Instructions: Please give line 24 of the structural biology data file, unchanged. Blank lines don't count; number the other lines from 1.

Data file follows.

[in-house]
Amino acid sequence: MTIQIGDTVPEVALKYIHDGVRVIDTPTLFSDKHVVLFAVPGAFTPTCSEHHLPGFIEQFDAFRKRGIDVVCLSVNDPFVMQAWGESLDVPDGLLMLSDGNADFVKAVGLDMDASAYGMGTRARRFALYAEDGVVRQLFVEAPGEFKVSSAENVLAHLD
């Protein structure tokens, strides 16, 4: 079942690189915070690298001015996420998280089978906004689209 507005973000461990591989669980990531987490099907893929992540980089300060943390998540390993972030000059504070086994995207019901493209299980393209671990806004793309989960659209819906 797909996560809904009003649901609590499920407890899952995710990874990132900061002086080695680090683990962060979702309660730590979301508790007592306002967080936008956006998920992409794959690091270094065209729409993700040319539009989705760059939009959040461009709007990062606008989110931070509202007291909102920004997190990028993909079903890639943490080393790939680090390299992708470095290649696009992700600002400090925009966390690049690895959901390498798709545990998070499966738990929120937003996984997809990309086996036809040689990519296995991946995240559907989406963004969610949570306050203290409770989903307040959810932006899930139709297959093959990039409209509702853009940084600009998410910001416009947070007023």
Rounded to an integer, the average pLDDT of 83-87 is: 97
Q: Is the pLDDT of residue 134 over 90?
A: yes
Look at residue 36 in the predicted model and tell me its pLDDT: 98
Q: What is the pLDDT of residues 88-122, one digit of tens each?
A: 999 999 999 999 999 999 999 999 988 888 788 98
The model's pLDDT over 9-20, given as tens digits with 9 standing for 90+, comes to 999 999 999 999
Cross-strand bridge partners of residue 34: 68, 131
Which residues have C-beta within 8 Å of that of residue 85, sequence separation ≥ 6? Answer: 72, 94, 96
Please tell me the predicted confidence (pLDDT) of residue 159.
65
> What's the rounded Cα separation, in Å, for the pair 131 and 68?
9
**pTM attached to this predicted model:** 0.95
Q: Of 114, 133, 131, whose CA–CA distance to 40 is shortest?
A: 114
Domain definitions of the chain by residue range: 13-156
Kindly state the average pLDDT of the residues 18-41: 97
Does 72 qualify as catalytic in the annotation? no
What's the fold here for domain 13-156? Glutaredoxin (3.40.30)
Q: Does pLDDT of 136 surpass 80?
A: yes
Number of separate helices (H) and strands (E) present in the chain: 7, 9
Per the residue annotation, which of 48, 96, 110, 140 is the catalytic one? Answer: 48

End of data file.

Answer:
Q: Does pLDDT of 136 surpass 80?